Thursday, November 22, 2007

Tools to Manage "Holiday Blues"

Holiday time is traditionally perceived as a time of joy and festivity. For many however, the holidays bring about what is commonly referred to as the “Holiday Blues”. Holiday Blues can range from mild sadness and just feeling stressed to symptoms of severe anxiety and/or depression.
For many, holiday time can magnify difficulties that have been present all year long but become intensified due to the pressures of trying to promote the holiday spirit. Family/relationship issues, grief and loss, financial strain, and time constraints are common sources of increased emotional distress. Unrealistic expectations and difficulties setting healthy boundaries increase the potential of feeling overwhelmed during the holiday season.
Here are some tips to help you manage the most common triggers of holiday distress:
Unrealistic Expectations:
* Don’t expect perfection of yourself or others. Driving yourself to exhaustion will not create a happy holiday for you or your loved ones.
* Simplify family traditions that may be too much work or that are not conducive to an already hectic lifestyle.
* Prioritize invitations and do not feel compelled to attend every holiday event.

Family Issues:
* Set differences aside
* Accept family members and friends as they are, not who you wish them to be.
* Avoid using holiday gatherings as a time to resolve old and recent grievances.
* Be supportive of others who may be feeling negatively. Remember they may be experiencing the same holiday stress that you are.

Financial Strain:
* Before you go shopping, decide how much you can afford to spend on gifts or other holiday expenses.
* Stick to your budget.
* Remember that you can not truly buy happiness, love or acceptance.
* Explore ways to express holiday cheer that do not cost lots of money.
* Find ways to share expenses with others especially in regards to gift giving and event planning.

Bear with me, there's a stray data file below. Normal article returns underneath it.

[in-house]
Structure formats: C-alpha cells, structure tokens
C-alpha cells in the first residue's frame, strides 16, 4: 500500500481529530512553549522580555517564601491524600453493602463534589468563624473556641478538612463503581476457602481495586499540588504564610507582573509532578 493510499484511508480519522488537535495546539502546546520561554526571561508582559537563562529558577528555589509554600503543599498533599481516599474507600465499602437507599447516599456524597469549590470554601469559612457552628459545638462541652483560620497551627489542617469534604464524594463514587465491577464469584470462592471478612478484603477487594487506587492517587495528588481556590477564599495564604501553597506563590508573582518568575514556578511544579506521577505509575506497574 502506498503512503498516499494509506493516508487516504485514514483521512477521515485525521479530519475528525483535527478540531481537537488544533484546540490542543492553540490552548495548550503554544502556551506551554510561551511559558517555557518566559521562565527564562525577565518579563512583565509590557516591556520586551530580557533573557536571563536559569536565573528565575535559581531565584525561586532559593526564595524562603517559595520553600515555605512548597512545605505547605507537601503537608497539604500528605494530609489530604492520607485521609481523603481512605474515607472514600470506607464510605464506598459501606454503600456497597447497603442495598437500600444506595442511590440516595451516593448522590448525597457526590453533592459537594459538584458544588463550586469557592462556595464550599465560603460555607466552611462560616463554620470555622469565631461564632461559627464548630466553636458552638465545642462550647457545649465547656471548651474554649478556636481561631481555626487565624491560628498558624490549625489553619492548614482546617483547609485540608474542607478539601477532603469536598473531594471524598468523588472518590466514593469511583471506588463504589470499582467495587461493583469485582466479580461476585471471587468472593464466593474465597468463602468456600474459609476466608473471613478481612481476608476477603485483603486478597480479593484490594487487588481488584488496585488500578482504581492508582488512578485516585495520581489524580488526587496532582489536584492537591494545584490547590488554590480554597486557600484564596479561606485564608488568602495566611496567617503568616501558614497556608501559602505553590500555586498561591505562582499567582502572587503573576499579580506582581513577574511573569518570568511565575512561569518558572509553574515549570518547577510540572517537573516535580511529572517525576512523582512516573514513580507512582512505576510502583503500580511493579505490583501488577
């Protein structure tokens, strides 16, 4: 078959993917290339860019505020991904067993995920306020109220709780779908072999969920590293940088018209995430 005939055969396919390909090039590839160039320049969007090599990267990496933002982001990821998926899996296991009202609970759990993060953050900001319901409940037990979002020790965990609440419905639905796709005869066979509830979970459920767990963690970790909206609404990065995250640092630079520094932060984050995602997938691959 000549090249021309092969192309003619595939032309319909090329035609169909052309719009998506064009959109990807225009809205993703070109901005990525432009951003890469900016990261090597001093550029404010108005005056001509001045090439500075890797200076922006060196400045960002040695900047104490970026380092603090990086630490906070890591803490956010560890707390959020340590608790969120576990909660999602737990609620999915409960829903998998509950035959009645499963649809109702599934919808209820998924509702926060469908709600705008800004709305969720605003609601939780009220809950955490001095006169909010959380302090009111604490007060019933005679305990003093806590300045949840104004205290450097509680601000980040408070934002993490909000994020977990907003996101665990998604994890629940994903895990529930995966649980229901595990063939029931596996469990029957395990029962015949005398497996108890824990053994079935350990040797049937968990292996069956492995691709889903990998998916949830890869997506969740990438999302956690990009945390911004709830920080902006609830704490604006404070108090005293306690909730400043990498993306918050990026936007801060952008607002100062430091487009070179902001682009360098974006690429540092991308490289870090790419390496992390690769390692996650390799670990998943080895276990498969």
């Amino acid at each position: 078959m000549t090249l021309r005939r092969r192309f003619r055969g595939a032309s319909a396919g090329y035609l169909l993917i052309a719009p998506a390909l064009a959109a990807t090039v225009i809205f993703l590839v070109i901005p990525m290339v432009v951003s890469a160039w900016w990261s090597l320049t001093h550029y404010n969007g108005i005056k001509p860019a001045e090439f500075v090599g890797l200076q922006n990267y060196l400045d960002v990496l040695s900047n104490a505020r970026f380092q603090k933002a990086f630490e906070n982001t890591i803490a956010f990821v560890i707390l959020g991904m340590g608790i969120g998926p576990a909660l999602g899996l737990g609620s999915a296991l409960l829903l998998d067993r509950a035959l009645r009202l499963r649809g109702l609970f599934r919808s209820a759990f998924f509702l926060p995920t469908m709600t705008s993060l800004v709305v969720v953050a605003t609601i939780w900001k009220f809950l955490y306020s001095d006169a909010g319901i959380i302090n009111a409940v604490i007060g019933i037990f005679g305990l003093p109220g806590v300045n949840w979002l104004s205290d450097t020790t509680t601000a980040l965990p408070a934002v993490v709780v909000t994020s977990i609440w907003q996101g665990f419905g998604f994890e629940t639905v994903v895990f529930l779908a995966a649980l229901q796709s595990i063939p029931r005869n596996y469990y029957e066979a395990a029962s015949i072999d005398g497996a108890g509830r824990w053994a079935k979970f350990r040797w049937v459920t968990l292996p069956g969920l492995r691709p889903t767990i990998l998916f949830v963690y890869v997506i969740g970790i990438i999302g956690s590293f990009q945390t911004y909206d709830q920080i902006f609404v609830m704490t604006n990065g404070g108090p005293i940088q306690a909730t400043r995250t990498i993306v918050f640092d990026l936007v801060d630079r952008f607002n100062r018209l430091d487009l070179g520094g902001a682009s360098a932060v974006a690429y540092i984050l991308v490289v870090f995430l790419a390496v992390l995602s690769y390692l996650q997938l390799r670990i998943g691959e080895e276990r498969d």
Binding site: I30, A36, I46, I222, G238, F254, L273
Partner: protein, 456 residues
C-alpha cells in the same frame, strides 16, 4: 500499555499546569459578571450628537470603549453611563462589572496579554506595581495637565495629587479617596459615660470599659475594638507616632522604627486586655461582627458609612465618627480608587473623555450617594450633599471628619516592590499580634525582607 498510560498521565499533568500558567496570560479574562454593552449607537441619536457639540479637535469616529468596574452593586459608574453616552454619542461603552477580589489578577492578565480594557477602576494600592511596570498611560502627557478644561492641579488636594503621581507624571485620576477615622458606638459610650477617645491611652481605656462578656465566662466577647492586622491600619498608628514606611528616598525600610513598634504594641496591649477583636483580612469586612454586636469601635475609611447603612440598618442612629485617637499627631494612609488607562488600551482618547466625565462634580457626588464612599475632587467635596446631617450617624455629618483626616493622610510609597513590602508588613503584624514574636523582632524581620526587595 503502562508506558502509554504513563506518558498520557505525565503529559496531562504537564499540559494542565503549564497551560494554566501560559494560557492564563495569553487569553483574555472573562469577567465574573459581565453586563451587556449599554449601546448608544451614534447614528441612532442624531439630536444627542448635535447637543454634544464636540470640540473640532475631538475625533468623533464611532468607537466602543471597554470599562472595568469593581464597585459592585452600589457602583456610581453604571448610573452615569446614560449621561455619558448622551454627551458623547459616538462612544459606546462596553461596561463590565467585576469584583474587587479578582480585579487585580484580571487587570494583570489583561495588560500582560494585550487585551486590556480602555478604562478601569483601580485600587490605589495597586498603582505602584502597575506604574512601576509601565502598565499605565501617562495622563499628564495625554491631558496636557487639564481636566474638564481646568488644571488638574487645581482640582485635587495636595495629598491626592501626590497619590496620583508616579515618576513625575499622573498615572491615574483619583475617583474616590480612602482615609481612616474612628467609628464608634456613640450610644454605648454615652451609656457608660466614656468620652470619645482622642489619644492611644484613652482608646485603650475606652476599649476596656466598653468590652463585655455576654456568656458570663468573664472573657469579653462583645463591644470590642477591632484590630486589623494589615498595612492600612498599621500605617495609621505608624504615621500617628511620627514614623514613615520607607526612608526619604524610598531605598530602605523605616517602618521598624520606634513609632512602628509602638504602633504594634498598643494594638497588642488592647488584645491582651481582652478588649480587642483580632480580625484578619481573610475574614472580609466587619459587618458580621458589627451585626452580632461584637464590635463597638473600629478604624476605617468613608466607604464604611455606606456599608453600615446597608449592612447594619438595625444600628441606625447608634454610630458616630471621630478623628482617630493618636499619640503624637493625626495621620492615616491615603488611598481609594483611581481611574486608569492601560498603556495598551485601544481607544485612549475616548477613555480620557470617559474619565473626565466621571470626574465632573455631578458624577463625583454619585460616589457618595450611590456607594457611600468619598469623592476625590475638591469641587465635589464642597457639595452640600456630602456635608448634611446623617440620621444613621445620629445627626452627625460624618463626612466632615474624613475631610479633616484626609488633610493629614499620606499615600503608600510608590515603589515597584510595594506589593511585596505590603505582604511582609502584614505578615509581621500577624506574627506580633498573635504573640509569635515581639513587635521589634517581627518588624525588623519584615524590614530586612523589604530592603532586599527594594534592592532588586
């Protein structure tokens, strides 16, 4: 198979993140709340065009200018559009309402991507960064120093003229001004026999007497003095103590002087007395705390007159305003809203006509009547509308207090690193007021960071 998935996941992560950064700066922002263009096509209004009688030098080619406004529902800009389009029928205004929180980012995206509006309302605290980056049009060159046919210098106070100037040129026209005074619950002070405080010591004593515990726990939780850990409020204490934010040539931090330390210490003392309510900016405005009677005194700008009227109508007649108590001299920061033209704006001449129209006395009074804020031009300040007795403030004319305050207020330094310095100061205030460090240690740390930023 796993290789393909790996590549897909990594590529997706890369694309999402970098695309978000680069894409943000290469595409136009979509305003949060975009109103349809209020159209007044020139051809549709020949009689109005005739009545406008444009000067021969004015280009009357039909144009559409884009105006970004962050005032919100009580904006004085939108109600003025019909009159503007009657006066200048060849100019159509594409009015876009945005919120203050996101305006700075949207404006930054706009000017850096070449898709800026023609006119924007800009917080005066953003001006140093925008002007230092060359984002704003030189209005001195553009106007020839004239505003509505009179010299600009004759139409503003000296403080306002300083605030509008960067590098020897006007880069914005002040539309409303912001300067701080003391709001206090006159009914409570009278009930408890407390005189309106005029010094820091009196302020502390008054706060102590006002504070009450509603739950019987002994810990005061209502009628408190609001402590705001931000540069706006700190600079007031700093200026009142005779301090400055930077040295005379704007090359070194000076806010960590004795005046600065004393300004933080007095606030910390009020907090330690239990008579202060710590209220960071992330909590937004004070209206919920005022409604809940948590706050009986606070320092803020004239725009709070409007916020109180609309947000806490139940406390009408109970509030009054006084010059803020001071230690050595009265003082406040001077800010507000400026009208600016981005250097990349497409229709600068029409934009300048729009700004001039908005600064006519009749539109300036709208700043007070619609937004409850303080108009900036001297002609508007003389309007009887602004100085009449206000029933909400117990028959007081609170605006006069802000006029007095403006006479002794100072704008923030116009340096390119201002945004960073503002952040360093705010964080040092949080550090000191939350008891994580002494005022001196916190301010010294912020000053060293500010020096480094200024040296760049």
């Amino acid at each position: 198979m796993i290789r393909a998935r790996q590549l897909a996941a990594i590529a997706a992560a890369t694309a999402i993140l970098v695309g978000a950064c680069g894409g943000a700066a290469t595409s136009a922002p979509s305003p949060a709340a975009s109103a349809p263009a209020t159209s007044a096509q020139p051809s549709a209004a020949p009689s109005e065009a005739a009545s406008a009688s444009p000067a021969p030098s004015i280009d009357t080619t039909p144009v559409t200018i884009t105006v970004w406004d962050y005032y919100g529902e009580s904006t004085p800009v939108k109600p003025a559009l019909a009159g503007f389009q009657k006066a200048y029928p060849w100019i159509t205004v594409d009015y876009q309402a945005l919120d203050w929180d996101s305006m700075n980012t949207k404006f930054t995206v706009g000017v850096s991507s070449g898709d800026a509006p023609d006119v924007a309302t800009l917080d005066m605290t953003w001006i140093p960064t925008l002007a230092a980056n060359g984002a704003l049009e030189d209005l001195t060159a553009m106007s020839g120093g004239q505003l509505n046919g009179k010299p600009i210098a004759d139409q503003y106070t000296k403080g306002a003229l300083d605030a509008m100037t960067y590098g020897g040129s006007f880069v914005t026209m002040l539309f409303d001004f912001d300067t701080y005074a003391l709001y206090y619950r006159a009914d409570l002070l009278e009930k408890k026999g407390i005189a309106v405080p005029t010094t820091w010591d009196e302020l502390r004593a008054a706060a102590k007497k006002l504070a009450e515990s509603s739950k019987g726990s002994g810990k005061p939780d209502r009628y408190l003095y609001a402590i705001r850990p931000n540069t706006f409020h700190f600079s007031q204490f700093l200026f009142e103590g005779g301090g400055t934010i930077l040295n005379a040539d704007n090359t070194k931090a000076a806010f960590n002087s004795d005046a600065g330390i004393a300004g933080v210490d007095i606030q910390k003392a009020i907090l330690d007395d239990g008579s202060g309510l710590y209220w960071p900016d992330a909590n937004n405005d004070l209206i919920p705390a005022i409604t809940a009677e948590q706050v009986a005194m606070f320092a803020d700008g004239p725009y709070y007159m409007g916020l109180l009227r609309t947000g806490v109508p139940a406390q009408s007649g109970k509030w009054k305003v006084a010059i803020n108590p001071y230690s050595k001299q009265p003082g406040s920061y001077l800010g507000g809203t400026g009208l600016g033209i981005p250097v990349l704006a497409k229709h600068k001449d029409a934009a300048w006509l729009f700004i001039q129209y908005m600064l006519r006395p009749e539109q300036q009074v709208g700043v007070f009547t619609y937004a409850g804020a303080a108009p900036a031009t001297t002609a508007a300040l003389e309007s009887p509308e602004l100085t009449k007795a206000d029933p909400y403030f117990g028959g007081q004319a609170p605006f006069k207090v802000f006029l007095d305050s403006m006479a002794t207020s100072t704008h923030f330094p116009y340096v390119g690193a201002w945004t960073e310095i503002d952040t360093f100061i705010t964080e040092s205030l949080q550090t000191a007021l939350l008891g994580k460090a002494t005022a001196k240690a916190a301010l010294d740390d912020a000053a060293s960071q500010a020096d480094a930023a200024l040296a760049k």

The most important thing to remember during this time of year is to be true and good to yourself. This means setting boundaries with others and making time to care for yourself. Focus on making this holiday season as joyful as possible. If you don’t feel merry for whatever reason, share your feelings with loved ones and let them know what you need from them.

Friday, November 2, 2007

Assertive Communication

“I” vs. “U” Statements

As discussed in an older post, I vs. U statements are the cornerstone to communicating ASSERTIVELY.

Definition: Using the pronoun “I” to take responsibility and to promote cooperation and understanding when making statements to others. This is in contrast to using the pronoun “you” when addressing another person.

Benefits of Using “I” vs. “U”:
· Allows you to take 100% responsibility and ownership of ideas and feelings
· Promotes cooperation and understanding.
· Less threatening

Negatives associated with using “YOU” statements:
· Sounds accusatory
· Sounds judgmental
· Sounds threatening

Guidelines for formulating “I” statements are:

· Communicate Assertively
Being assertive means that you express your thoughts, feelings and
ideas in a direct, open, honest, and sincere manner.

· Begin Your Statements with “I”:
Get in the habit of taking responsibility and ownership for your
statements by consciously beginning your statements with the
pronoun “I”.

Check out the older post on I vs U for extra tips.